Halting problem

I was looking at the proof of undecidability of the problem on Introduction to the Theory of Computation, and it doesn't make much sense to me. I was hoping someone could shed some light on it.

Here it is translated to a simpler language (the original uses Turing machines):

Let h be a function such that
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h(f,x) = { 1 if f(x) halts and returns 1
         { 0 otherwise
Suppose h is computable.
We can define a function d such that
d(x) = ¬h(x,x)
Suppose we evaluate d on itself:
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d(d) = ¬h(d,d) = { 0 if d(d) halts and returns 1
                 { 1 otherwise
If d(d) returns 1, d(d) returns 0. If d(d) returns 0, d(d) returns 1. If d(d) doesn't halt, d(d) halts and returns 1. This is a contradiction.
We assumed that h was computable and arrived at a contradiction, therefore h can't be computable.
QED

My question is: is h really equivalent to a hypothetical solution of the halting problem? It seems to me that it should be defined as
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h(f,x) = { 1 if f(x) halts
         { 0 otherwise
I'm not sure what the "and returns 1" stuff is in there. I don't have Theory of Computation (I wish I did), but it may only exist to accommodate the notation or the TM.

But yes, you are correct. h(f,x) only cares if f(x) halts (and doesn't loop forever).

[edit] Perhaps the "returns 1" is to indicate success?
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You can find the relevant page here:
http://stackoverflow.com/questions/8394455/how-does-this-proof-that-the-halting-problem-is-undecidable-work

As I understand it, a TM that accepts an input implies that it halts on that input.
How is ¬h supposed to be read? is the ¬ supposed to intersect the h (ħ or h-bar, like the reduced Plank constant)?

Also if f(x) doesn't halt how will h(f, x) halt? Unless we're talking theoretically and not about how computers actually work (i.e., on a real computer, unless it was asynchronous, h(f, x) couldn't return until f(x) returned).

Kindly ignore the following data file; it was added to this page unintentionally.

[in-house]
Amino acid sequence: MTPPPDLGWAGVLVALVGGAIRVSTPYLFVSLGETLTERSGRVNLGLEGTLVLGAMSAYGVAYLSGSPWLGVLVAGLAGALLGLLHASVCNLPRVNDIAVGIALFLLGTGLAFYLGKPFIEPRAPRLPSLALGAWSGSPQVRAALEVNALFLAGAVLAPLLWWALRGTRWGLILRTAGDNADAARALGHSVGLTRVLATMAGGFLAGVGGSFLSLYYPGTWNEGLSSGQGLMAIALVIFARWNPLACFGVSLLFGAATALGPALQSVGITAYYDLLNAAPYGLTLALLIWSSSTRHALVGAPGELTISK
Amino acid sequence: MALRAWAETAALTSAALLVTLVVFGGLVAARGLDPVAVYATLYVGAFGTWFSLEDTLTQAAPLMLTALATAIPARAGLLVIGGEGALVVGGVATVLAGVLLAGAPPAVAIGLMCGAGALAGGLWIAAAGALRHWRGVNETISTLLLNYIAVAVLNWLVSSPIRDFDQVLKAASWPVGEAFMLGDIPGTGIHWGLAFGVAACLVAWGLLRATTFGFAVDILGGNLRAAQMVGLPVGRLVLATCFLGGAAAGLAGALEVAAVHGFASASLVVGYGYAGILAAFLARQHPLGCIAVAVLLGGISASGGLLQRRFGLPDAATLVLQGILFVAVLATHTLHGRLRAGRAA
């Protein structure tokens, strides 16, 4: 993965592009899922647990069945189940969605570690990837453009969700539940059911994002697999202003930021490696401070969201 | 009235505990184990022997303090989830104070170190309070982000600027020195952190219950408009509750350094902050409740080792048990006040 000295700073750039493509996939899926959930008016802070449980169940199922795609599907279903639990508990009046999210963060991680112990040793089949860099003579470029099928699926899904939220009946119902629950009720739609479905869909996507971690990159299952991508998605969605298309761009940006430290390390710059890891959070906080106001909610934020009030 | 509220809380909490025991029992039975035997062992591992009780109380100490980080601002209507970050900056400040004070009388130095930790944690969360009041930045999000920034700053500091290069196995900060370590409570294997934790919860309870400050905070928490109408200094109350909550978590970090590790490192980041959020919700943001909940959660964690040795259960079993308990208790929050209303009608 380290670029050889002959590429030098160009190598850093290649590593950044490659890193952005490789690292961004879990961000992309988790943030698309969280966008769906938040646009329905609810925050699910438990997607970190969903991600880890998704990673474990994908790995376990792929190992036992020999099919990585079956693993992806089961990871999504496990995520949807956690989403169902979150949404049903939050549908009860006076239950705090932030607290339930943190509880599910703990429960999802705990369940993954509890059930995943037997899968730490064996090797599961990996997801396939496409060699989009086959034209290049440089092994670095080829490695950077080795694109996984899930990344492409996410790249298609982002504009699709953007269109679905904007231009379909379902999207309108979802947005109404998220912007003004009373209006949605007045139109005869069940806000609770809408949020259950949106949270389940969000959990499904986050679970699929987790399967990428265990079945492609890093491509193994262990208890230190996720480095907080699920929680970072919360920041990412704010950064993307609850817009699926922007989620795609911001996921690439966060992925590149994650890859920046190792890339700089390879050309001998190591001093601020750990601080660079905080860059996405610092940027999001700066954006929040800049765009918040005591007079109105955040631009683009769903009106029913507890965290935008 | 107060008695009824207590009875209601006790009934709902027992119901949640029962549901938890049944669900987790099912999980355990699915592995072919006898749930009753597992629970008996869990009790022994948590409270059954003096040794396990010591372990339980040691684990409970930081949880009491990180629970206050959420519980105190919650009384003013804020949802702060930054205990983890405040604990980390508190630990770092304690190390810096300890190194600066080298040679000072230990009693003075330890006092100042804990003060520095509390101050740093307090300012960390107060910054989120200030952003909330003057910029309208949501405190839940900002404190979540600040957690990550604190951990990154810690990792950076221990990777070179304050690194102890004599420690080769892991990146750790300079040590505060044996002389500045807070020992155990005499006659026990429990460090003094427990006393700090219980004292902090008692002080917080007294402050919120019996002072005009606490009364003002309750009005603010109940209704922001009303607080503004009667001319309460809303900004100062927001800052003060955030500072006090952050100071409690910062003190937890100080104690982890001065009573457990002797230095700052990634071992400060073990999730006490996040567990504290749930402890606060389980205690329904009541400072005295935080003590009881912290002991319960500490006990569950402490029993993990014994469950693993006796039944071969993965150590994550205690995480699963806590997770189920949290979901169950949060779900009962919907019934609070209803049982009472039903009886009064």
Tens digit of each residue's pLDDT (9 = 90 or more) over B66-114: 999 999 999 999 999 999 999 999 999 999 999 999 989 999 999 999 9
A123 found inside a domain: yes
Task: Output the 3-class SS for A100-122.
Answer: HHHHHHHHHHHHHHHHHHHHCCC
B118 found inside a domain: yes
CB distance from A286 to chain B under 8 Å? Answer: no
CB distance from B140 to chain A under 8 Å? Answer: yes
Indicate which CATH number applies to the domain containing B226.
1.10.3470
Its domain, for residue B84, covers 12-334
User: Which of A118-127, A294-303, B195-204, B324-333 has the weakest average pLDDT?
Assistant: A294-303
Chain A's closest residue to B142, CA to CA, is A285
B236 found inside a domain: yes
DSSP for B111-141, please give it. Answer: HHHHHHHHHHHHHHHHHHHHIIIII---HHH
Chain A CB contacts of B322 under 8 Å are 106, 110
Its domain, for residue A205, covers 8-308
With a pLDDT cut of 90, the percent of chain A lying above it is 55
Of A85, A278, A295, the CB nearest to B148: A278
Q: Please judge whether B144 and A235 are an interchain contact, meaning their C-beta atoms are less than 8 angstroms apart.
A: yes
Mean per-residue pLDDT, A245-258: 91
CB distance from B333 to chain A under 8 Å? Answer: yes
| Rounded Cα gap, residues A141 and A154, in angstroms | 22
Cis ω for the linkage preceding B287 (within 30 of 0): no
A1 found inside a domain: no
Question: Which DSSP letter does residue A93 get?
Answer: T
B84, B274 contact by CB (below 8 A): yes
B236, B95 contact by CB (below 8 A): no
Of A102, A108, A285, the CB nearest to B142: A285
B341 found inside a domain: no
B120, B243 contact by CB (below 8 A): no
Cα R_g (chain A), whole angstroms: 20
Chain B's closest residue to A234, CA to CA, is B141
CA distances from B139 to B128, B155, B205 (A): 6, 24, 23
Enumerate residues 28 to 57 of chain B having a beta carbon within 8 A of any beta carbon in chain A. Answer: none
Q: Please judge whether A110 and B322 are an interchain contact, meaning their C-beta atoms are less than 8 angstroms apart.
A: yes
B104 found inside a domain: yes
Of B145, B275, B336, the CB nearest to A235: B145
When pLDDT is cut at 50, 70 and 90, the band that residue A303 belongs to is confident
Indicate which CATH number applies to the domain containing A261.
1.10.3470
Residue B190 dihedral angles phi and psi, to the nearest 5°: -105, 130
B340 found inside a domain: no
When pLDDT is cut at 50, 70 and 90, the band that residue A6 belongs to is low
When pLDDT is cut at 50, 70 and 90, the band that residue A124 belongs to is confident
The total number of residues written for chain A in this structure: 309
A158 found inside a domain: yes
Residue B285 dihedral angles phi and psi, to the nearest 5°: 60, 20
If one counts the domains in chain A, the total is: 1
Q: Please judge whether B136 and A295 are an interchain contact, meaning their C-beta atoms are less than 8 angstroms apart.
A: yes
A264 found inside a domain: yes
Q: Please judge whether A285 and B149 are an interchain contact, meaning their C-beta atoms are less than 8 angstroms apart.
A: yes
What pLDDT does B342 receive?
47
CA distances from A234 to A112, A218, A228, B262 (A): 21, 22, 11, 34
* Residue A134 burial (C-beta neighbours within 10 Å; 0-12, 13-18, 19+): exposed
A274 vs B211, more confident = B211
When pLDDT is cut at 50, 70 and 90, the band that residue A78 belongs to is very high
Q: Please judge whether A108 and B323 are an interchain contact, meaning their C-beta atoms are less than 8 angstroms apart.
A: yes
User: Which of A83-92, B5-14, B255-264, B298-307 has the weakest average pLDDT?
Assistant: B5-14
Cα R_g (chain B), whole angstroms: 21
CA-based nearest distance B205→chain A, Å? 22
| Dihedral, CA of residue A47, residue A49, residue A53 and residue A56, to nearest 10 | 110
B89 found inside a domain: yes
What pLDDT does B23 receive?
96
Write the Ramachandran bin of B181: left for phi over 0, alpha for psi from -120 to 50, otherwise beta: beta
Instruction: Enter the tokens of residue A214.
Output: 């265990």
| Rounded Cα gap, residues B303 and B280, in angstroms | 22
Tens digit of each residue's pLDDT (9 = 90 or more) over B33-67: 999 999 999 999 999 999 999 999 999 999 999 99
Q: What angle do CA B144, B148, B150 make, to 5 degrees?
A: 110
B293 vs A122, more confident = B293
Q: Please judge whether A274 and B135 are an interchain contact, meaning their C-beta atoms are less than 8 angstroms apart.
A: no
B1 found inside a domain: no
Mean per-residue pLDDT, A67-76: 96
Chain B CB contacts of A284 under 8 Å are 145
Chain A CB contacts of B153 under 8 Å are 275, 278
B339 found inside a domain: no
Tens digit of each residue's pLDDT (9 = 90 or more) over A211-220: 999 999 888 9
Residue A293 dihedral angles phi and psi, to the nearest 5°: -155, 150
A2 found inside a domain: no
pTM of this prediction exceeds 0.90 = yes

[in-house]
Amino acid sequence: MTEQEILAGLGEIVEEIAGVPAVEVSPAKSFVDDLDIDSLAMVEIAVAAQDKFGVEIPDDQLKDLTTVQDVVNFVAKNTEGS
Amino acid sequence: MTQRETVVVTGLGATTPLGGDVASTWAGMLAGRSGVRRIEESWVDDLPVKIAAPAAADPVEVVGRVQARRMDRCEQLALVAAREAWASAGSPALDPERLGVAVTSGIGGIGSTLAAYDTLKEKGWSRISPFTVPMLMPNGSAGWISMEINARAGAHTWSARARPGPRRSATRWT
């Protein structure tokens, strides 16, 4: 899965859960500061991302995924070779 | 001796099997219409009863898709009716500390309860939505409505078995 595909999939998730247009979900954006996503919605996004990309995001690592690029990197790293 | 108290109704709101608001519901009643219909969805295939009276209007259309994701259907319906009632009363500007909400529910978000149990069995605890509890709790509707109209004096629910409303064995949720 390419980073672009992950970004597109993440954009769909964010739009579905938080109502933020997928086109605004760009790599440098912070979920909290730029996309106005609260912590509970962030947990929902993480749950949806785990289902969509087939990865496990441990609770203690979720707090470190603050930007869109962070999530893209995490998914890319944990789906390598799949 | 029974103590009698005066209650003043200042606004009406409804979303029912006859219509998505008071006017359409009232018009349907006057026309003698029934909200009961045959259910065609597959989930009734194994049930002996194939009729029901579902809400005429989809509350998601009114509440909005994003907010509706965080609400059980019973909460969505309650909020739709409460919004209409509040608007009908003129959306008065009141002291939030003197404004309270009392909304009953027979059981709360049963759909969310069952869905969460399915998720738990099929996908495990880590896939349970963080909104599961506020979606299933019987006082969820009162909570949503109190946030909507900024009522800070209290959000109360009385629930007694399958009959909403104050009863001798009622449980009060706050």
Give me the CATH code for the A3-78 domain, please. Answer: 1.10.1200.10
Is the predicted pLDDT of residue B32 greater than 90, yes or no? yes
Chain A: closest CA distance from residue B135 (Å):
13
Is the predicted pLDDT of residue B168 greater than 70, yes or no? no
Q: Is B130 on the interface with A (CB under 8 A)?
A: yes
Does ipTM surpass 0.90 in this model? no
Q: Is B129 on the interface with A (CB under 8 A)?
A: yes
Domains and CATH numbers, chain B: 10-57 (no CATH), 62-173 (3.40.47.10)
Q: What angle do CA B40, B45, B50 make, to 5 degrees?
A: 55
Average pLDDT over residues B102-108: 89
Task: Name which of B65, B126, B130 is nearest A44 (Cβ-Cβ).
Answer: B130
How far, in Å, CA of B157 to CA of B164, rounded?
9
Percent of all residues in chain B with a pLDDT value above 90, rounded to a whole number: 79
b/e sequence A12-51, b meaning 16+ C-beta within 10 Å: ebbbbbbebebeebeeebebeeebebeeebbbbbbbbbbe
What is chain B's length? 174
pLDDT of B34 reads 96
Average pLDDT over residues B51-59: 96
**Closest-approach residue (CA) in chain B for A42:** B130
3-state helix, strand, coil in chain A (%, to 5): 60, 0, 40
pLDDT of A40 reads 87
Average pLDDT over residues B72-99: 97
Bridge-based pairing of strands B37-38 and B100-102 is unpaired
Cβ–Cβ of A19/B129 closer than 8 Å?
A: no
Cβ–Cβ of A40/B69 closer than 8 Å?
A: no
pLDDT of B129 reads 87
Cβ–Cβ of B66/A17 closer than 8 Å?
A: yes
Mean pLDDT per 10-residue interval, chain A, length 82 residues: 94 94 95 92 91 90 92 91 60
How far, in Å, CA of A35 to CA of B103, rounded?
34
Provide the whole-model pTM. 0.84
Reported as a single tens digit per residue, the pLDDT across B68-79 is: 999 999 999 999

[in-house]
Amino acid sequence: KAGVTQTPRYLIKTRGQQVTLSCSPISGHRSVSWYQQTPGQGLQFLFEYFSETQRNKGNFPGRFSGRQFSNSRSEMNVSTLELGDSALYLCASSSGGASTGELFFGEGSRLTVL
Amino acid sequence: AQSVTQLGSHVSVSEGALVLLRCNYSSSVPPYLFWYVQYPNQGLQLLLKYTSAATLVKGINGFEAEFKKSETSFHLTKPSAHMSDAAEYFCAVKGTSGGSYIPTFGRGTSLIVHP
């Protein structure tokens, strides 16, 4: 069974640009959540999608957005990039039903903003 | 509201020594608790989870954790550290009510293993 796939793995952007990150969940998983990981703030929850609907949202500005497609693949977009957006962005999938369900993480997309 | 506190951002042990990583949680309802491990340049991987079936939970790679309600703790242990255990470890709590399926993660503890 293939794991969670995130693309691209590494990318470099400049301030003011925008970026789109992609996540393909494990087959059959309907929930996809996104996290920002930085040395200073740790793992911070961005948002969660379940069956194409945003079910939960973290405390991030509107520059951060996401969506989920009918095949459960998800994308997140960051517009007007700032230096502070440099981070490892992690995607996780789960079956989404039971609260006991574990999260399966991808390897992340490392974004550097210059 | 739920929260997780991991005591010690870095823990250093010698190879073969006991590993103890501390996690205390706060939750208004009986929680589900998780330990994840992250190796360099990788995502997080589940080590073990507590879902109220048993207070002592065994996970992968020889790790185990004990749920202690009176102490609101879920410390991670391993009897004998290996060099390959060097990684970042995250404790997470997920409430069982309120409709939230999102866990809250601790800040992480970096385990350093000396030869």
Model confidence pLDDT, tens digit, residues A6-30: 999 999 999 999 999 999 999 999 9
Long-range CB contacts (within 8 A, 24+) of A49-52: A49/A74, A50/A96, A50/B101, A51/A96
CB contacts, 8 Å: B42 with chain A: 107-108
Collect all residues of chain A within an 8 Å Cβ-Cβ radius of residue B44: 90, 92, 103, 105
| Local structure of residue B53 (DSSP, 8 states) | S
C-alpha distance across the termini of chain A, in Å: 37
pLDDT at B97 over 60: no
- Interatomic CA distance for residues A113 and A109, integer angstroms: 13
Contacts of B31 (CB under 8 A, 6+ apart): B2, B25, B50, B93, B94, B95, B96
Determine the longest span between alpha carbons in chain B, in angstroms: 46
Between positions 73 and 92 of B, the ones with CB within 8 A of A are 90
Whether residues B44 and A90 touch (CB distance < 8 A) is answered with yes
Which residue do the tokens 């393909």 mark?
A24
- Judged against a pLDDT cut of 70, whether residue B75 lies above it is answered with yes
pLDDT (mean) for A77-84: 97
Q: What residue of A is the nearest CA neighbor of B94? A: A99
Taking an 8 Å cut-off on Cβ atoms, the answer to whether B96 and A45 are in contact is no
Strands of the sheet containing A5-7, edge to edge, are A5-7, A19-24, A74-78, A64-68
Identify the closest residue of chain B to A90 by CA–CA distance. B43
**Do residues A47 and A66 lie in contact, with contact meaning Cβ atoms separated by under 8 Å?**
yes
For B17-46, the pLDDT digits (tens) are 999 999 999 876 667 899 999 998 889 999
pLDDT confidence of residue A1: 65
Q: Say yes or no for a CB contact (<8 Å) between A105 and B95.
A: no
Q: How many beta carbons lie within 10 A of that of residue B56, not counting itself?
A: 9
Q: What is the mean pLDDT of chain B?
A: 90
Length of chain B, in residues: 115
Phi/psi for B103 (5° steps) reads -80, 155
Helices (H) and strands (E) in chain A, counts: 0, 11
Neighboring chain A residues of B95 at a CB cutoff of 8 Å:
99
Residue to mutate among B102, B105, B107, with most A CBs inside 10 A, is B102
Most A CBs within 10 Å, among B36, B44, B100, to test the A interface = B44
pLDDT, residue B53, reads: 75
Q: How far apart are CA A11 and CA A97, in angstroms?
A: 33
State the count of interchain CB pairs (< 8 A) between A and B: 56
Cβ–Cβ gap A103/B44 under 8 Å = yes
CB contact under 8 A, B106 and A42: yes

¬ is logical negation.

Also if f(x) doesn't halt how will h(f, x) halt?
A hypothetical h might perform some kind of algorithmic analysis on f without having to execute f. This is what special solutions to the problem do. For example, humans can prove in finite time that certain programs don't halt for certain inputs.
Okay, I understand now. Thanks.
As I understand it, a TM that accepts an input implies that it halts on that input.

That's correct. A Turing machine may halt for other reasons as well. We say that it "accepts" an input if the entire input is read (or otherwise properly processed). If the TM doesn't reach the accept state (due to bad/non-accepting input), it will halt on a "fail" state -- but it can still halt.

As long as it does actually halt then the TM works as designed.
Right. So I don't understand how this proves the undecidability, since the TM H is not a solution to the problem.
But 'h' is a solution to the halting problem because it was defined to be one; it tells you whether or not 'f' halts on some input 'x'.
But it's unable to tell apart when f halts and rejects the input from when it doesn't halt. If you had a program that either rejected input or looped forever, h couldn't decide when happens which.
LOL, QED.
Quick, Everyone Digress!
Quick, Everyone Digress!
What, in public?
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